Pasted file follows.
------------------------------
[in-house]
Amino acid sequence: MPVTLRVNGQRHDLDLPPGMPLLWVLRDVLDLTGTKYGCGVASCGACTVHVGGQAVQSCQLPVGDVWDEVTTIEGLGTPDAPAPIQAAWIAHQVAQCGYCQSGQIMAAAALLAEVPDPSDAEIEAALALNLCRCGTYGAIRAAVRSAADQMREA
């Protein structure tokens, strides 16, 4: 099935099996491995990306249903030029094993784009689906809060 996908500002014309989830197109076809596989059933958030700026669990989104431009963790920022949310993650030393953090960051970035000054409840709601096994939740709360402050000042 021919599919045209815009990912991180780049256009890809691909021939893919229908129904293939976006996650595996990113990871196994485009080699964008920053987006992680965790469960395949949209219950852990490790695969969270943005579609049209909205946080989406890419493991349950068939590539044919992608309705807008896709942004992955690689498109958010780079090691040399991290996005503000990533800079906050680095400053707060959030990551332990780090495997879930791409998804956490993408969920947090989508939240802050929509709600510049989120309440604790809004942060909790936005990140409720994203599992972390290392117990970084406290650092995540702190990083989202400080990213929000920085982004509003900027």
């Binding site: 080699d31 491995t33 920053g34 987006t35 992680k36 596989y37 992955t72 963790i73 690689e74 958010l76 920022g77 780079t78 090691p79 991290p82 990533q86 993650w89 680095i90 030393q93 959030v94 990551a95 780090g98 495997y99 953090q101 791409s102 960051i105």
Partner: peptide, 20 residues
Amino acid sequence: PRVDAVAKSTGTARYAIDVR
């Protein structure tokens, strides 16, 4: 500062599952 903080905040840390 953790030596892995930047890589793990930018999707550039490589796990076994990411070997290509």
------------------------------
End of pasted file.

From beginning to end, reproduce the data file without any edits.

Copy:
[in-house]
Amino acid sequence: MPVTLRVNGQRHDLDLPPGMPLLWVLRDVLDLTGTKYGCGVASCGACTVHVGGQAVQSCQLPVGDVWDEVTTIEGLGTPDAPAPIQAAWIAHQVAQCGYCQSGQIMAAAALLAEVPDPSDAEIEAALALNLCRCGTYGAIRAAVRSAADQMREA
């Protein structure tokens, strides 16, 4: 099935099996491995990306249903030029094993784009689906809060 996908500002014309989830197109076809596989059933958030700026669990989104431009963790920022949310993650030393953090960051970035000054409840709601096994939740709360402050000042 021919599919045209815009990912991180780049256009890809691909021939893919229908129904293939976006996650595996990113990871196994485009080699964008920053987006992680965790469960395949949209219950852990490790695969969270943005579609049209909205946080989406890419493991349950068939590539044919992608309705807008896709942004992955690689498109958010780079090691040399991290996005503000990533800079906050680095400053707060959030990551332990780090495997879930791409998804956490993408969920947090989508939240802050929509709600510049989120309440604790809004942060909790936005990140409720994203599992972390290392117990970084406290650092995540702190990083989202400080990213929000920085982004509003900027």
């Binding site: 080699d31 491995t33 920053g34 987006t35 992680k36 596989y37 992955t72 963790i73 690689e74 958010l76 920022g77 780079t78 090691p79 991290p82 990533q86 993650w89 680095i90 030393q93 959030v94 990551a95 780090g98 495997y99 953090q101 791409s102 960051i105």
Partner: peptide, 20 residues
Amino acid sequence: PRVDAVAKSTGTARYAIDVR
């Protein structure tokens, strides 16, 4: 500062599952 903080905040840390 953790030596892995930047890589793990930018999707550039490589796990076994990411070997290509």